On January 3rd, 2019, the Chinese National Space Administration (CNSA) successfully landed their Chang’e-4 mission on the far side of the Moon. This mission represents a major milestone for China, being the fourth lander-rover mission to be sent to the Moon, and the first mission in history to land on the “dark side of the Moon”. And what it manages to uncover
For example, the mission’s Yutu-2 (Jade Rabbit-2) rover made an impressive find that may confirm a theory about lunar impacts. After collecting spectral data from the moon’s largest crater (the South Pole-Aitken Basin) the Chang’e-4 mission team from the Chinese Academy of Sciences (CAS) concluded that the impact that created the Basin turned up material from deep within the Moon’s mantle. This finding could offer new insight into how the Moon evolved over the course of billions of years.
A paper that describes the team’s findings was recently published in the scientific journal Nature. The team was led by Li Chunlai, a professor of the National Astronomical Observatories of Chinese Academy of Sciences (NAOC), and consisted of multiple members from the CAS’ Key Laboratories of Lunar and Deep Space Exploration and Space Active Opto-Electronics Technology.
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For about 60 years, robotic spacecraft and even a handful of crewed missions have been exploring the lunar surface. Based on the data they collected, a theory emerged in the 1970s that early in its history, the Moon’s surface was covered by an ocean of magma. As the surface began to cool and solidify, lighter minerals (like basalt) floated to the top while heavier elements (olivine and pyroxene) sank deeper to the core.
In keeping with this theory, scientists also speculated that impacts by asteroids, meteors and space junk would crack through the crust and kick up heavier material from the mantle. As Li explained in a recent CAS press statement:
“Understanding the composition of the lunar mantel is critical for testing whether a magma ocean ever existed, as postulated. It also helps advance our understanding of the thermal and magmatic evolution of the Moon.”
Located at the Moon’s south pole, the SPA basin is the largest, oldest, and deepest known crater on the Moon. Measuring about 2,500 km (930 mi) in diameter and 13 km (8.1 mi) deep, it is believed to have formed as a result of a massive impact that took place 3.9 billion years ago. This corresponds to the Late Heavy Bombardment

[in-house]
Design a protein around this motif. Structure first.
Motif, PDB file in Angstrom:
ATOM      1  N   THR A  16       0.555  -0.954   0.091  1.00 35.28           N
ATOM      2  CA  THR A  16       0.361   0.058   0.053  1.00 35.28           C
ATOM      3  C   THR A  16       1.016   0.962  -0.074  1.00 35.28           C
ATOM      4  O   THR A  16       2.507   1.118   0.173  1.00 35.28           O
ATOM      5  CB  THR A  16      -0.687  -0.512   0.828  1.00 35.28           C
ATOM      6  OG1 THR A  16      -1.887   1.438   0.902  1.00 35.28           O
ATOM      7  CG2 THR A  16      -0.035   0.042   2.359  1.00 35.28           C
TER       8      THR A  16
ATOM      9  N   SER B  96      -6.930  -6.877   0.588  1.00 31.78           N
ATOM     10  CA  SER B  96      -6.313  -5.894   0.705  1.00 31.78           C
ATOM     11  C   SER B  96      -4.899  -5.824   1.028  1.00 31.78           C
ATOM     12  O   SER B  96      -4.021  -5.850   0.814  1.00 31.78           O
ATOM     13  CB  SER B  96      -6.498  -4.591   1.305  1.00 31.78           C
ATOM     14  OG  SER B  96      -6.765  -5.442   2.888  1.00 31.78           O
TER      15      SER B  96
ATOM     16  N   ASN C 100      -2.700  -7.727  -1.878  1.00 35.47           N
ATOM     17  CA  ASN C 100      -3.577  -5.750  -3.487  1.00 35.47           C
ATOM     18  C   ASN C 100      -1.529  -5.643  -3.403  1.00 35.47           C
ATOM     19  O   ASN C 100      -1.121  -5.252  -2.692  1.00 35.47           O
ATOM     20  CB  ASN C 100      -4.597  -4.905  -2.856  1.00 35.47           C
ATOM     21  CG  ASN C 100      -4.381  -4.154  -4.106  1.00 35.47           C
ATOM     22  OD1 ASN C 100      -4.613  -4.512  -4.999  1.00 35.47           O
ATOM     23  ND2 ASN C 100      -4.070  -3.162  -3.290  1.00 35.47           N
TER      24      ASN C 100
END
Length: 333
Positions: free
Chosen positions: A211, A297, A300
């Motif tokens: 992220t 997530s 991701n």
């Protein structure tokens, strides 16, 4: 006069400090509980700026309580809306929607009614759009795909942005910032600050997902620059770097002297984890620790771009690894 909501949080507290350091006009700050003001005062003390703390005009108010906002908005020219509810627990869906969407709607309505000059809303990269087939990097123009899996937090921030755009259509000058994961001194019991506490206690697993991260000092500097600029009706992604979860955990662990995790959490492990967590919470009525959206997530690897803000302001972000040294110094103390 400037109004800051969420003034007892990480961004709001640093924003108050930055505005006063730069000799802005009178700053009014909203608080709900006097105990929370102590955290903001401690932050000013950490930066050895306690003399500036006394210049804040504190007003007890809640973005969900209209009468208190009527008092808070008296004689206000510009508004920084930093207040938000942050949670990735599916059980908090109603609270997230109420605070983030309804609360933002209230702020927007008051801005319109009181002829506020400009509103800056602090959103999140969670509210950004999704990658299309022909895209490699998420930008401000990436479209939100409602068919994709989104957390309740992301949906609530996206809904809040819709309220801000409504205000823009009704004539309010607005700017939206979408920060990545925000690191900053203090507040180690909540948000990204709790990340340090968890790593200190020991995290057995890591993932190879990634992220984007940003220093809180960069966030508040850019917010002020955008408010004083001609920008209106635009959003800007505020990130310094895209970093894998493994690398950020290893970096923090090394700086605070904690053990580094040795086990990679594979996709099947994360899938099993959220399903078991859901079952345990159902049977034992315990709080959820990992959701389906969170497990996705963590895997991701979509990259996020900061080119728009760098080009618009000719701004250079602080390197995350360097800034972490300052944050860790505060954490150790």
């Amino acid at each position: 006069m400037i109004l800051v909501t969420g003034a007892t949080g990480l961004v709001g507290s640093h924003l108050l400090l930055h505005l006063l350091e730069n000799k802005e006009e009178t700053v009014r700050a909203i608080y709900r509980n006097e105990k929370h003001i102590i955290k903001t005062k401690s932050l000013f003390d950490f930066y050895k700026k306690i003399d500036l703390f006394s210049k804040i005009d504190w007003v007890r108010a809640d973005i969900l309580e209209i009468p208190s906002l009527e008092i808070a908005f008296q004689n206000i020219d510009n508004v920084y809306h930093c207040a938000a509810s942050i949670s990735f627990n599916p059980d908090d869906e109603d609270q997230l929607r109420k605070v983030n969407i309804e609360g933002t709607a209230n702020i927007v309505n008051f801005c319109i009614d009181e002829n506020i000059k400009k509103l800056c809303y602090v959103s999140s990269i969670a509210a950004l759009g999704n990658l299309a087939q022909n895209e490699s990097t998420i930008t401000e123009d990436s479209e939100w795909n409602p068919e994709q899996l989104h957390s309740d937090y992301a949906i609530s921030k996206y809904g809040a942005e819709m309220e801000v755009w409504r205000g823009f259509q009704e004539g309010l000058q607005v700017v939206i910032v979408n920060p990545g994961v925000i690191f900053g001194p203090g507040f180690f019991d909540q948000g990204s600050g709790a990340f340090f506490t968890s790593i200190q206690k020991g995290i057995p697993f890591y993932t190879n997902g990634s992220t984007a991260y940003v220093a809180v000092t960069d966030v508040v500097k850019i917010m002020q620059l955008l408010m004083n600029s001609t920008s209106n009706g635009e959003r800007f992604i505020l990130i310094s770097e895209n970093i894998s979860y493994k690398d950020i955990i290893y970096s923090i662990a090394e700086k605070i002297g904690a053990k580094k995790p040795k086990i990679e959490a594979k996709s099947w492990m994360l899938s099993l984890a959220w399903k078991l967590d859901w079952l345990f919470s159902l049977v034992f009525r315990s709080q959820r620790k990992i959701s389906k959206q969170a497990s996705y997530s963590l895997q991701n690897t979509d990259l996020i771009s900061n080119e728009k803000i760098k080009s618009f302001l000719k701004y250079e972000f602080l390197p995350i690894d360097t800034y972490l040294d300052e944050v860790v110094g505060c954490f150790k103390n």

To test this theory, the mission team collected spectral data samples from the flat stretches of the SPA basin, as well as from smaller and deeper impact craters within it. What they expected to find was a wealth of mantle material on the flat stretches, but were instead surprised to find mere traces of olivine. On Earth, this rock-forming mineral is a primary component of the upper mantle.
On its own, this finding could be seen as an indication that predictions about the composition of the lunar mantle have been incorrect. However, samples taken from deeper impacts revealed higher concentrations of olivine, which presented a real conundrum. A possible explanation, according to Li, is that the mantle consists of equal parts olivine and pyroxene, rather than being dominated by one.
In order to confirm these findings, the Chang’e-4 will need to explore the area around its landing site and gather more spectral data to get a better understanding of its geology. What it reveals may inevitably cause scientists to reassess their theories about the composition of the lunar mantle, not to mention the Moon’s geological history.
In addition, an improved understanding of the Moon’s evolution may provide a window into the evolution of Earth and the other terrestrial planets as well. Not only is the surface of the Moon very well preserved compared to Earth’s (owing to the absence of an atmosphere, weather patterns or geological activity), but the predominant theory is that the Earth and Moon formed from the same basic materials.
These and other theories about how our Solar System and its celestial bodies came to be will be tested thanks to Chang’e-4 and its brave Yutu-2 rover. Among them, whether or not terrestrial lifeforms can live on the Moon for extended periods of time! Stay tuned…